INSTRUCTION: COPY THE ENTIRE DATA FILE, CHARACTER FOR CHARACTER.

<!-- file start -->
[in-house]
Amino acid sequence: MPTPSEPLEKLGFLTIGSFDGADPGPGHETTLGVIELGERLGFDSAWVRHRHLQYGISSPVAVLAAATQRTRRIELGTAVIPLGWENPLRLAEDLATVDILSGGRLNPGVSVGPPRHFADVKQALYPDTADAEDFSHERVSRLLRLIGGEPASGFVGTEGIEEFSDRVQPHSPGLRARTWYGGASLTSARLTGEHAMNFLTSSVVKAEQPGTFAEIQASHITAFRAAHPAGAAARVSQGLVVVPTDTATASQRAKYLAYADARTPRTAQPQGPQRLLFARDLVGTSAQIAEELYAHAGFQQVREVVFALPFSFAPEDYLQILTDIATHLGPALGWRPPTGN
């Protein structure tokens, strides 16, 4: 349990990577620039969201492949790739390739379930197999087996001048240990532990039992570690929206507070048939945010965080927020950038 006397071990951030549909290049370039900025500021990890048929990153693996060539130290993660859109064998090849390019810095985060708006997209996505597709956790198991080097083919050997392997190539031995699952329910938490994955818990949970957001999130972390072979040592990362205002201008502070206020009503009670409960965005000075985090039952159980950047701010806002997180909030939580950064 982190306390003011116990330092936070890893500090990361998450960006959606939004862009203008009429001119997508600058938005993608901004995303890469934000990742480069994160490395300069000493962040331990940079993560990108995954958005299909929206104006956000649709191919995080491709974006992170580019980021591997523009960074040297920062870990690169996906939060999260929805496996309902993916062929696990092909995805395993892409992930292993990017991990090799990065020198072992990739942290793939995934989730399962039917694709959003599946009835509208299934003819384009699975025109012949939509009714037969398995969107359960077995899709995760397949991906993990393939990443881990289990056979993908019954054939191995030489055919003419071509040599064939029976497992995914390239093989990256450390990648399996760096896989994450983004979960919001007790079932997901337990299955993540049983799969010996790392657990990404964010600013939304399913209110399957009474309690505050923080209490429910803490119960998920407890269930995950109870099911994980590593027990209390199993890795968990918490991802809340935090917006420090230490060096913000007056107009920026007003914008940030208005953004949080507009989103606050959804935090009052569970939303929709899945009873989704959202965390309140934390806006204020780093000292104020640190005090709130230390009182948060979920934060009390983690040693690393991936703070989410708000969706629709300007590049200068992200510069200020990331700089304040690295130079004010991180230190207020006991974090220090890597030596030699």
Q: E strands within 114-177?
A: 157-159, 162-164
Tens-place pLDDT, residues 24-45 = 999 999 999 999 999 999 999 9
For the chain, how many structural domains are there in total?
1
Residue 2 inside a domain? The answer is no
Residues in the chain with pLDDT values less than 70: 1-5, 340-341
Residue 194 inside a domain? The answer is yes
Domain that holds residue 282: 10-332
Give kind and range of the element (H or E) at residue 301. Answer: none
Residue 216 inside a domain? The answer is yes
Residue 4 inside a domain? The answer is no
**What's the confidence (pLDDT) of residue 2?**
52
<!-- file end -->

[in-house]
Amino acid sequence: MPTPSEPLEKLGFLTIGSFDGADPGPGHETTLGVIELGERLGFDSAWVRHRHLQYGISSPVAVLAAATQRTRRIELGTAVIPLGWENPLRLAEDLATVDILSGGRLNPGVSVGPPRHFADVKQALYPDTADAEDFSHERVSRLLRLIGGEPASGFVGTEGIEEFSDRVQPHSPGLRARTWYGGASLTSARLTGEHAMNFLTSSVVKAEQPGTFAEIQASHITAFRAAHPAGAAARVSQGLVVVPTDTATASQRAKYLAYADARTPRTAQPQGPQRLLFARDLVGTSAQIAEELYAHAGFQQVREVVFALPFSFAPEDYLQILTDIATHLGPALGWRPPTGN
């Protein structure tokens, strides 16, 4: 349990990577620039969201492949790739390739379930197999087996001048240990532990039992570690929206507070048939945010965080927020950038 006397071990951030549909290049370039900025500021990890048929990153693996060539130290993660859109064998090849390019810095985060708006997209996505597709956790198991080097083919050997392997190539031995699952329910938490994955818990949970957001999130972390072979040592990362205002201008502070206020009503009670409960965005000075985090039952159980950047701010806002997180909030939580950064 982190306390003011116990330092936070890893500090990361998450960006959606939004862009203008009429001119997508600058938005993608901004995303890469934000990742480069994160490395300069000493962040331990940079993560990108995954958005299909929206104006956000649709191919995080491709974006992170580019980021591997523009960074040297920062870990690169996906939060999260929805496996309902993916062929696990092909995805395993892409992930292993990017991990090799990065020198072992990739942290793939995934989730399962039917694709959003599946009835509208299934003819384009699975025109012949939509009714037969398995969107359960077995899709995760397949991906993990393939990443881990289990056979993908019954054939191995030489055919003419071509040599064939029976497992995914390239093989990256450390990648399996760096896989994450983004979960919001007790079932997901337990299955993540049983799969010996790392657990990404964010600013939304399913209110399957009474309690505050923080209490429910803490119960998920407890269930995950109870099911994980590593027990209390199993890795968990918490991802809340935090917006420090230490060096913000007056107009920026007003914008940030208005953004949080507009989103606050959804935090009052569970939303929709899945009873989704959202965390309140934390806006204020780093000292104020640190005090709130230390009182948060979920934060009390983690040693690393991936703070989410708000969706629709300007590049200068992200510069200020990331700089304040690295130079004010991180230190207020006991974090220090890597030596030699």
Q: E strands within 114-177?
A: 157-159, 162-164
Tens-place pLDDT, residues 24-45 = 999 999 999 999 999 999 999 9
For the chain, how many structural domains are there in total?
1
Residue 2 inside a domain? The answer is no
Residues in the chain with pLDDT values less than 70: 1-5, 340-341
Residue 194 inside a domain? The answer is yes
Domain that holds residue 282: 10-332
Give kind and range of the element (H or E) at residue 301. Answer: none
Residue 216 inside a domain? The answer is yes
Residue 4 inside a domain? The answer is no
**What's the confidence (pLDDT) of residue 2?**
52